How To Use a No Contact Rule After Your Divorce

Updated 04/13/19
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It can seem like a bad relationship will haunt you forever, especially after going through an arduous divorce process. One of the ways to heal after a divorce is to put in place the “no contact rule” to remove your ex from your life. No contact is especially helpful if there is a lot of anger or the divorce was full of conflict.

Though it may seem illogical, it is possible to have a no contact rule and also have shared custody. Just because you have children with someone doesn’t mean you have to have constant contact with that person. You can work around the issues that come up with children and your ex with limited contact. 

What is the “No Contact Rule"?

No contact is a set of guidelines you follow that will quickly get you to a point of peace and serenity and viewing your ex as part of your past, not your present. Essentially, you refuse any and all contact when possible. If you don’t have children this is a simple process. It entails breaking bad habits, self-control, and faith in yourself to get past the relationship and on with your life. 

If you do have children, use the rule to set boundaries. Maybe you will only talk in-person with your ex about drop-off and pick-up and refuse to communicate another way. In these situations, be sure to set some guidelines for emergencies, and don't let your ex (or yourself!) break those guidelines for any reason. 

Things Not to Do When You Go No Contact

With a no contact rule in place, you must exhibit the self-control not to reach out when things remind you of your ex. This should be heeded especially if you simply want the gossip about their new life without you—you should never have a reason to ask how their new partner compares to you or even lurk on their online profiles to figure it out on your own.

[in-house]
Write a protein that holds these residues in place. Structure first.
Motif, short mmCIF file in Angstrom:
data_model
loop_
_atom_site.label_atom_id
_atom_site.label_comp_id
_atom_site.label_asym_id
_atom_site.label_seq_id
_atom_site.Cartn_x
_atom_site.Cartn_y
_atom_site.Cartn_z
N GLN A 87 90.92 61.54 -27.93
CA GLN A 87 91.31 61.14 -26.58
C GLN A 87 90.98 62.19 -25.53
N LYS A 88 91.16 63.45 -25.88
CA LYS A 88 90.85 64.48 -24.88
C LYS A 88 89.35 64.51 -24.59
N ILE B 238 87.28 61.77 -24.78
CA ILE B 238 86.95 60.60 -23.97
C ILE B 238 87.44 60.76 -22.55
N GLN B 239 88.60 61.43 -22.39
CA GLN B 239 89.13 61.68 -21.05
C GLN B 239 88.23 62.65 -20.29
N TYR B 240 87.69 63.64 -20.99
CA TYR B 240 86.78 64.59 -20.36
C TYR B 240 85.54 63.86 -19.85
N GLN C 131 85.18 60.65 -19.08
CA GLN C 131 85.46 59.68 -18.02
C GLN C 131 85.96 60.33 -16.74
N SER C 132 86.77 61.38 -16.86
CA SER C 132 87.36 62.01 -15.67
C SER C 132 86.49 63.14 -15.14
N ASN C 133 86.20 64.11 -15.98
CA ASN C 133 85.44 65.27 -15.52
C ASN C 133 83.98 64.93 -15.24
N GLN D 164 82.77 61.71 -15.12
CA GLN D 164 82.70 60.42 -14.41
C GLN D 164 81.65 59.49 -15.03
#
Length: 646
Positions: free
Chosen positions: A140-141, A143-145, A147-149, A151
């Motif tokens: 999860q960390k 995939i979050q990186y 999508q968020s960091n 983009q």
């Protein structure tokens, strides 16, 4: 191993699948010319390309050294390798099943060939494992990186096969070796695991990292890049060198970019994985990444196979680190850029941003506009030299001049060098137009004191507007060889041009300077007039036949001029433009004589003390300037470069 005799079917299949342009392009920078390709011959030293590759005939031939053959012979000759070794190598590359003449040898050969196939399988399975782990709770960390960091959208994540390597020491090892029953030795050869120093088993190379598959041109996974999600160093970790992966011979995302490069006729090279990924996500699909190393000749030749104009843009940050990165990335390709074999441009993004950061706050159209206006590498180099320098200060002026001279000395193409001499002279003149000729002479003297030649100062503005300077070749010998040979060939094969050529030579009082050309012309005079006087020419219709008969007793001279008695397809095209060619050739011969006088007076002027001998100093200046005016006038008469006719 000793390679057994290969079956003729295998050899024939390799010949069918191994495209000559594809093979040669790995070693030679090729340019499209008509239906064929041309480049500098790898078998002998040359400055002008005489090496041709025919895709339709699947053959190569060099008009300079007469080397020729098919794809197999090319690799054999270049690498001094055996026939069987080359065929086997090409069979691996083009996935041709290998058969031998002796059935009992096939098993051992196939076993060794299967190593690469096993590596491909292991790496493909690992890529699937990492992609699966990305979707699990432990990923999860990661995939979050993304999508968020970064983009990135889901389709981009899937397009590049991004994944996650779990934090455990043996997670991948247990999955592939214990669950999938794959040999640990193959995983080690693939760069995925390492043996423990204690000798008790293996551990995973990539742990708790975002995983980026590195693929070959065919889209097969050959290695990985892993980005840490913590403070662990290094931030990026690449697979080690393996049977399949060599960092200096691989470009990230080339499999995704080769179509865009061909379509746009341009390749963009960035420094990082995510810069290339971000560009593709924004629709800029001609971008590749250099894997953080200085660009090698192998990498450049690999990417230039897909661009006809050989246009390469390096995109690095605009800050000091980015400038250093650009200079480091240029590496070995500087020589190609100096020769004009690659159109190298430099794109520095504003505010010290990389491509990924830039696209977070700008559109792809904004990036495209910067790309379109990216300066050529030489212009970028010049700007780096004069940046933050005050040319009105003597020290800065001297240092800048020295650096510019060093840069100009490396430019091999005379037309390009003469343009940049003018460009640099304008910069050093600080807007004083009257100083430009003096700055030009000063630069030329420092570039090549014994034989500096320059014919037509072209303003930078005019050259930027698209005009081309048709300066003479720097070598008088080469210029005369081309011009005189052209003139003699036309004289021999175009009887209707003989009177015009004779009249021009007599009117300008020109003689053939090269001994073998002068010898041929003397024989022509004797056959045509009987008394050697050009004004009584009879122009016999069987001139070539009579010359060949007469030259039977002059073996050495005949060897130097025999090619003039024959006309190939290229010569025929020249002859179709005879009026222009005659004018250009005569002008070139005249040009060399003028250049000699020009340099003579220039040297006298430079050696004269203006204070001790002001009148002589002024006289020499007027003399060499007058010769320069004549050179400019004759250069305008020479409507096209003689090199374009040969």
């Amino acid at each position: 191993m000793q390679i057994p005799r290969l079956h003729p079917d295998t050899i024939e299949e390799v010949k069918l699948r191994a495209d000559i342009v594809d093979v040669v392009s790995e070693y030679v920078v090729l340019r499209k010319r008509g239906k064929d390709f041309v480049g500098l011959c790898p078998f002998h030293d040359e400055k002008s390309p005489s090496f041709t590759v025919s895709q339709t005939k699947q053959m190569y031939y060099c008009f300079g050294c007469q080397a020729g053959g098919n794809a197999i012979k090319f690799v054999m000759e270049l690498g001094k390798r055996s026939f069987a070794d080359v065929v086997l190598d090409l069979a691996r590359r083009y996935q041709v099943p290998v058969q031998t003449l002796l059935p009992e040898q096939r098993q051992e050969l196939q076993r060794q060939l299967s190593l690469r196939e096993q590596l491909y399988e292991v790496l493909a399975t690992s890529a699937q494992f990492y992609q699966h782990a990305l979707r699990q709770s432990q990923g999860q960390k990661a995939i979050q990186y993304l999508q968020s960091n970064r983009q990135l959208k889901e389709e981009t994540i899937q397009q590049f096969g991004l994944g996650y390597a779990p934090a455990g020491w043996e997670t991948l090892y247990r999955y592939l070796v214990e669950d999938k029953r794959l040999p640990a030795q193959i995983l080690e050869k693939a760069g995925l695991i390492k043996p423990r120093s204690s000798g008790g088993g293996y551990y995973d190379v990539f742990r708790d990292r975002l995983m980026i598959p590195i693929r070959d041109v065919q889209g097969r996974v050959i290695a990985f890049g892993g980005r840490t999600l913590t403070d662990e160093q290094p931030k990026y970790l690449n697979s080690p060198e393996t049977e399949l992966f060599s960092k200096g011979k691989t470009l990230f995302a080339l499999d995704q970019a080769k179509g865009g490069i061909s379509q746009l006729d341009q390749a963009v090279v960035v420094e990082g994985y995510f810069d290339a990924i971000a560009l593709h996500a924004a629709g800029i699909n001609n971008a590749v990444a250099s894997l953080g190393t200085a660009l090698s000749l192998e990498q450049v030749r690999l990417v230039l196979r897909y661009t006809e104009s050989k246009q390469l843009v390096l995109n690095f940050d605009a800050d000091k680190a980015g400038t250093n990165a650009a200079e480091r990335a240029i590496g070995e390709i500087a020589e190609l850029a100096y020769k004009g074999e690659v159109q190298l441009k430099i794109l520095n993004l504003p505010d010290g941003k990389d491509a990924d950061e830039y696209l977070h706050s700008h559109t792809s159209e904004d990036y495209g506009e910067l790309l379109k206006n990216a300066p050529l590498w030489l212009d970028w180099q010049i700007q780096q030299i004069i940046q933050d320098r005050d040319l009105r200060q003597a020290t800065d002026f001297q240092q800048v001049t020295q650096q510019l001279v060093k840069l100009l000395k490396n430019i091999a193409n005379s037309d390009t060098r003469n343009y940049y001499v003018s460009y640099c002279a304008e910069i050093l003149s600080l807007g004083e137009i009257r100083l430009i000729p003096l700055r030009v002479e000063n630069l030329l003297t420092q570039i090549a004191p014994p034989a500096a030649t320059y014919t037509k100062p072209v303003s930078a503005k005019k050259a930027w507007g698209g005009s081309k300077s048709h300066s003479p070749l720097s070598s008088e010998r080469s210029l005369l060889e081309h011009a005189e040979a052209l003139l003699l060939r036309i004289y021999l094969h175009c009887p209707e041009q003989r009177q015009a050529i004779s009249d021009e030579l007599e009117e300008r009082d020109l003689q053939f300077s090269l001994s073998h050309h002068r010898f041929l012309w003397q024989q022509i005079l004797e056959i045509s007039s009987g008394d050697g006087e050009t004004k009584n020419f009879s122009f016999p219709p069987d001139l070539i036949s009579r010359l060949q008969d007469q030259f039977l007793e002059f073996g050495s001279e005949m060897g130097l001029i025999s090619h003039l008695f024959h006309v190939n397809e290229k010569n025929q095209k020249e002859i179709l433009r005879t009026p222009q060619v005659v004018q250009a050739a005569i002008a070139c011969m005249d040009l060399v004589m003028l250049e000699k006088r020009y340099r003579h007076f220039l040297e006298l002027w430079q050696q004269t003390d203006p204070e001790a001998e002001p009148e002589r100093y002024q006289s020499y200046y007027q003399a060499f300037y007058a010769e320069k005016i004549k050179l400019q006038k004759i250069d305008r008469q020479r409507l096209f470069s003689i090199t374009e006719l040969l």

This also applies to sharing news about your child, except for emergencies and other serious matters. If they just won the spelling bee, let your child deliver the news; you would have nothing else to say about it anyway, and the temptation to let the conversation drift could be a backslide in your healing after your divorce. 

Simple Rules for No Contact

  1. Unfriend them on Facebook.
  2. Unfollow them on Twitter and Instagram.
  3. Only keep the most essential phone number in your contacts—if you both agreed only to contact via their landline number, delete their cell. 
  4. Remove their email address from your contact list and never respond to an email from them (unless it relates to the children).
  5. If you run into them in a public place, nod and move on.
  6. Stay away from places you know you may run into them. Don't go back to old haunts you two used to frequent.
  7. Don't call their family, extended or otherwise. Don't talk to anyone who can carry tales back to them.

    Any channel you previously used to communicate with your ex is now off-limits. It won’t be easy on those lonely nights at home by yourself. The temptation to reach out will seem overwhelming but, if healing emotionally is the main concern, you will play by the no-contact rules.

    More No Contact Rules (for Co-Parents)

    1. Have a good parenting plan in place and live by it. No negotiating the terms of the parenting plan. Doing so means more need for contact and that defeats the purpose.
    2. Only communicate about children’s issues via email, if possible. Use a court-approved email system so you have evidence with the court of every email exchange. Respond to emails with “yes” and “no” answers. Do not engage in arguments or attempt to defend your position via email. If she wants the children during your weekend visitation, simply reply, “No, I will pick the children up at the scheduled time.” Then ignore further emails about the situation.
    1. Don’t go to events you know your ex will be attending also. If there is maximum conflict have it put in the parenting plan that you two swap dates for attending your children’s functions.  It is, of course, best to put on a good front for your children but if your ex is irrational this may be an impossibility.
    2. If it is visitation weekend with the non-custodial parent, you don’t need to see or communicate with your ex. Pack your children’s bags, put them by the door and kiss them on the way out. No need to walk them to the car, peek your head out the door, or show yourself in any way.

      Parents with small children can find a workaround and, in some instances, two angry parents not talking to each other can be the best thing for the children.

      The best way to get over someone is to get them out of your life. The no contact rule is going to help you move on with your life by helping you set boundaries when it comes to talking to them, seeing them and, before long thinking about them. 

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